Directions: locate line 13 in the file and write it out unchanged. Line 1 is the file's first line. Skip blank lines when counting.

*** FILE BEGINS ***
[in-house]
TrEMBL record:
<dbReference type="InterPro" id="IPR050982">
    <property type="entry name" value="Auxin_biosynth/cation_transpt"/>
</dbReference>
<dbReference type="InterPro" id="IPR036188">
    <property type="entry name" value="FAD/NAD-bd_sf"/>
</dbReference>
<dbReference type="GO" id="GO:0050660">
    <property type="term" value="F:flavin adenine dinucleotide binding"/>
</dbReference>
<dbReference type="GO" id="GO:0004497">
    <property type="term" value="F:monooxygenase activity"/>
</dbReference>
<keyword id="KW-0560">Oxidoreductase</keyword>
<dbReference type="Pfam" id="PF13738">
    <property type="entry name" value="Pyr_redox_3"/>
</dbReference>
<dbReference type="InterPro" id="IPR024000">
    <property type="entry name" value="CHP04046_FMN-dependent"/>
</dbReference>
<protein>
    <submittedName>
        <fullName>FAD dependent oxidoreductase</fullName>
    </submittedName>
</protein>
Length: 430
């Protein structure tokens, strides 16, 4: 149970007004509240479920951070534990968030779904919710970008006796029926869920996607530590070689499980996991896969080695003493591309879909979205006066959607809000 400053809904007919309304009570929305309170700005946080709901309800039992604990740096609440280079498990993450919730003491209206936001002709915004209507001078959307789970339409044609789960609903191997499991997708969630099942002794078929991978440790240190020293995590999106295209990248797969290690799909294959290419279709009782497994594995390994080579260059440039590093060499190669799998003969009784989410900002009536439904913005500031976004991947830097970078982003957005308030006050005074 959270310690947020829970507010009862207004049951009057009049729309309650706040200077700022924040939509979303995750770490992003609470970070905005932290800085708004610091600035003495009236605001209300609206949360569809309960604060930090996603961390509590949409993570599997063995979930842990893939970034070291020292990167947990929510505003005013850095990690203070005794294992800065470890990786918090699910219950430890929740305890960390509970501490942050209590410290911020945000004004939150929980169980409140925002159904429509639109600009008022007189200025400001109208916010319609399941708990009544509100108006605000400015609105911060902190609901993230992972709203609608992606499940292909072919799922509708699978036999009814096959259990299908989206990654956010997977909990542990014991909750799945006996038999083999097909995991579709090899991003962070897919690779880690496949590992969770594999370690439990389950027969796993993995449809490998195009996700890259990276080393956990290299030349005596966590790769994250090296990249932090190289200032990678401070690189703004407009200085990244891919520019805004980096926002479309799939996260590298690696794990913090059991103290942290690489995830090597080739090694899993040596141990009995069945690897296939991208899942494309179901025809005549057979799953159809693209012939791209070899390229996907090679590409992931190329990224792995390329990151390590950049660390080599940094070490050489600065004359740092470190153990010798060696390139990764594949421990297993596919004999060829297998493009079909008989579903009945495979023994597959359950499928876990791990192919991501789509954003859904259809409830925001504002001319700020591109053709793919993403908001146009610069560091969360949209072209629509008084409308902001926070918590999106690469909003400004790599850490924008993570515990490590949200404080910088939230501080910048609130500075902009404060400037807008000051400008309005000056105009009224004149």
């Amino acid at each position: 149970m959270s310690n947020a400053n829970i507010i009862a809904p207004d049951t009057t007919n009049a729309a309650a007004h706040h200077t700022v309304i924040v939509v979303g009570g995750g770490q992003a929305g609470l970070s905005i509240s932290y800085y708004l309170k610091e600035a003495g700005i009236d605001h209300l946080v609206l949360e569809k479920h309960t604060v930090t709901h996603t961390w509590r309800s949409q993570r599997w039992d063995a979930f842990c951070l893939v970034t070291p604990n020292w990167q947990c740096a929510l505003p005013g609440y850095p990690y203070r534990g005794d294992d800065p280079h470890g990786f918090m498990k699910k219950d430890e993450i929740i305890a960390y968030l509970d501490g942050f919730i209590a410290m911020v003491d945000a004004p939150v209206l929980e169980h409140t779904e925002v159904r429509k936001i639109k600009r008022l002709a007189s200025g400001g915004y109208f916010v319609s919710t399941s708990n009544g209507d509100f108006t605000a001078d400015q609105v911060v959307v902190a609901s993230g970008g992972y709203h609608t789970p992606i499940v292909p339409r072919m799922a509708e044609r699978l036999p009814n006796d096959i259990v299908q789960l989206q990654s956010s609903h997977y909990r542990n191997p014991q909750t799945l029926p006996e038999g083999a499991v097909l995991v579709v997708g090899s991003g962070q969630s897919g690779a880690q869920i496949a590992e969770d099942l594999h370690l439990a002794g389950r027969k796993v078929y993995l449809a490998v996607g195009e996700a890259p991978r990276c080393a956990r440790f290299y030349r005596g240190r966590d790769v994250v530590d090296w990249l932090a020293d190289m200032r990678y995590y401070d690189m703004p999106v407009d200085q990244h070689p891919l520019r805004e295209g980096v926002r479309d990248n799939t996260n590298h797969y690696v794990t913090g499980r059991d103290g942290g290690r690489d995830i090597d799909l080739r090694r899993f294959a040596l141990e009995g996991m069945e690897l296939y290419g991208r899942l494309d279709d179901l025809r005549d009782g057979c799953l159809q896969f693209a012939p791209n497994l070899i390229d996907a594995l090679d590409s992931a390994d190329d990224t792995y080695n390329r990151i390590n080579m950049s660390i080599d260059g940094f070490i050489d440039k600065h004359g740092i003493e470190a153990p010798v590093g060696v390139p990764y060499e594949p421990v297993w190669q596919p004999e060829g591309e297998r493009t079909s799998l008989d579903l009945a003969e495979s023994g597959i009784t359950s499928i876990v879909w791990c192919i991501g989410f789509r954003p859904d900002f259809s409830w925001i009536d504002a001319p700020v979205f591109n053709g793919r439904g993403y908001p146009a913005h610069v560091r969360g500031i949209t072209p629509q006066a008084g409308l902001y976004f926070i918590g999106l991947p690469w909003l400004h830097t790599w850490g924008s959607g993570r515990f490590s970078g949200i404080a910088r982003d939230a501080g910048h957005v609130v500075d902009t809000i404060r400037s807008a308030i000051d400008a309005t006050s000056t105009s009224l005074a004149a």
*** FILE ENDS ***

    <property type="term" value="F:monooxygenase activity"/>